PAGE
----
Kanye West is back to doing press in a big way. The unpredictable
rapper artist spoke with Style about all things fashion, of course, but it was his comments on race that caught our attention. He said:
“Racism and the focus on racism is a distraction to humanity. It would be like focusing on the cousin from your mom’s side versus the cousin on your dad’s side. We’re all cousins. We’re all the same race. To even focus on the concept of race, it’s like—perhaps people give me an extra cookie for the fact that my color palette is so controlled and I’m Black.”
This is a complete 360 from the Kanye West we heard two years ago. While he was out on his Yeezus tour, he was ranting every other night against Grammy nominations, the system and racism and fashion companies holding him back.
“I’m not dissing Luis Vuitton, I’m not dissing the Gucci group and shit. I’m just saying, don’t discriminate against me because I’m a Black man or because I’m a celebrity and tell me that I can create, but not feel. ‘Cause you know damn well there aren’t no black guys or celebrities making no Louis Vuitton nothing.”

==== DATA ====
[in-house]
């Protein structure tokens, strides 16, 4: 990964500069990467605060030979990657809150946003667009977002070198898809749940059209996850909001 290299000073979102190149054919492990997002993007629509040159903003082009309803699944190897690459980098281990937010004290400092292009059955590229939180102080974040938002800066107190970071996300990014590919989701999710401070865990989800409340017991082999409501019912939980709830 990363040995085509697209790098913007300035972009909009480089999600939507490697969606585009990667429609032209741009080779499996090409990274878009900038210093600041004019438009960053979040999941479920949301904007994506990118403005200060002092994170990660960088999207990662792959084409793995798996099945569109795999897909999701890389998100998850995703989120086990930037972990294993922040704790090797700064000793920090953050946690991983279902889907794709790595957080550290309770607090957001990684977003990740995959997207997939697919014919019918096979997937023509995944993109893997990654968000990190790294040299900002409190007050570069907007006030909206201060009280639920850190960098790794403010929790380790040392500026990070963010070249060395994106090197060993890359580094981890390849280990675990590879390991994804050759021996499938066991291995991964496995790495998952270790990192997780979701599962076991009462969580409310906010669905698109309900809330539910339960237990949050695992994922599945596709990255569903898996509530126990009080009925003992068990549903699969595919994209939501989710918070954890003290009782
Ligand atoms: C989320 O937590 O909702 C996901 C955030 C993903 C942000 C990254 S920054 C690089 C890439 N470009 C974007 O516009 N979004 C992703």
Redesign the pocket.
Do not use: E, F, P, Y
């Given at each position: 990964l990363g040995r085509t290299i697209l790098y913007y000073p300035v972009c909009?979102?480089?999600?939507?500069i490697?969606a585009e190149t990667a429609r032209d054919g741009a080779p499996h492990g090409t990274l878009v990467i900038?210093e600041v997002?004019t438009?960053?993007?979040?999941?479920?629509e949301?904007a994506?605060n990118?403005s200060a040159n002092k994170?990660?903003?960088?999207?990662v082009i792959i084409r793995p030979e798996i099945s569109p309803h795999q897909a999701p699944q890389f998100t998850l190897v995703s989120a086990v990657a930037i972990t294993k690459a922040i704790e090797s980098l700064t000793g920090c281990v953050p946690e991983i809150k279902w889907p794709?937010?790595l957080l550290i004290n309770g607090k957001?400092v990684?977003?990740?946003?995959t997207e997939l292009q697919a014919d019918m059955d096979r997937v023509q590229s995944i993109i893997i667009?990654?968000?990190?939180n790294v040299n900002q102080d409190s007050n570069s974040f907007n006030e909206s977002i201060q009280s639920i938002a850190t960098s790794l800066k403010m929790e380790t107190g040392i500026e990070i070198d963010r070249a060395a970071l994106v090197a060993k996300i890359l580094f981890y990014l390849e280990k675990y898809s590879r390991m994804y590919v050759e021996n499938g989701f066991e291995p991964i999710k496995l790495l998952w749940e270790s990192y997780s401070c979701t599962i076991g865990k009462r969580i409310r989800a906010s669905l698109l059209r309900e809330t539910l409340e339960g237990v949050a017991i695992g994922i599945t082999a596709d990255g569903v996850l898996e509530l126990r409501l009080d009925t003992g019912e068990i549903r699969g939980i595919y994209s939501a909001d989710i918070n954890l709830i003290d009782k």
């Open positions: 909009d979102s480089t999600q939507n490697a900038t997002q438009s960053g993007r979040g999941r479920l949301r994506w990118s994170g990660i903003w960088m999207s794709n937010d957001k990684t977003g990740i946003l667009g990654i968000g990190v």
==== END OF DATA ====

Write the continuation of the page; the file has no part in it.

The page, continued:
Could this sudden shift in view on racism have something to do with him being comfortable working with Adidas? When he was battling with Nike in 2013, he felt stifled by the company. But now that he’s comfortable, racism no longer exists? It’s very confusing and even shocking to hear from someone who famously called out former President Bush for not caring about Black people.
How can Kanye say racism is a distraction but them he allows French artist Jean Touitou to use N-word in Paris for his art line? He said, “Racism is a distraction to humanity. Jean Touitou is one of the most humane people I know. Jean Touitou had my family have dinner with him every time we came to Paris. And there are a lot of people who own fashion companies who didn’t.”
Well, guess that makes it ok? We’re not saying that Kanye needs to be the only artist to call out racism but, what happened bruh? You were rightfully calling out racism and now you seem to be complicit with people who want to call Black people the N-word so long as they invite you to dinner.
We miss the old ‘Ye.